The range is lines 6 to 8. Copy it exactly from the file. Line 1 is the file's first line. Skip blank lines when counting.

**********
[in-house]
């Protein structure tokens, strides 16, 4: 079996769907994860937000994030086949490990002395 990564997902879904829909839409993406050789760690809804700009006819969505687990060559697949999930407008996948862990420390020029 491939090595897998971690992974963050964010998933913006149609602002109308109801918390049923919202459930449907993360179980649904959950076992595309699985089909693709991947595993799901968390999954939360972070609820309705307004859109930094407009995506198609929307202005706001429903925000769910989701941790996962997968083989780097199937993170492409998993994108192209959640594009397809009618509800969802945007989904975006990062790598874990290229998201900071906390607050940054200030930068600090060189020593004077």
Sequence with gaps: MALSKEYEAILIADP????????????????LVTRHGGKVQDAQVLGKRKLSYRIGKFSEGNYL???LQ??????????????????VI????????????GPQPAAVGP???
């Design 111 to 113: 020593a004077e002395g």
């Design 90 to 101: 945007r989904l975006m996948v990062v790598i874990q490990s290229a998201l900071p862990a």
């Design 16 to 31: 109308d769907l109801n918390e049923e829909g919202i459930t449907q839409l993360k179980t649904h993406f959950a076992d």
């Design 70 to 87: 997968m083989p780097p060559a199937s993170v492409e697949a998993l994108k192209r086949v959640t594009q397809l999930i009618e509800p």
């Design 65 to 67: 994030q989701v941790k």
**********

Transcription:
């Design 16 to 31: 109308d769907l109801n918390e049923e829909g919202i459930t449907q839409l993360k179980t649904h993406f959950a076992d």
């Design 70 to 87: 997968m083989p780097p060559a199937s993170v492409e697949a998993l994108k192209r086949v959640t594009q397809l999930i009618e509800p």
């Design 65 to 67: 994030q989701v941790k």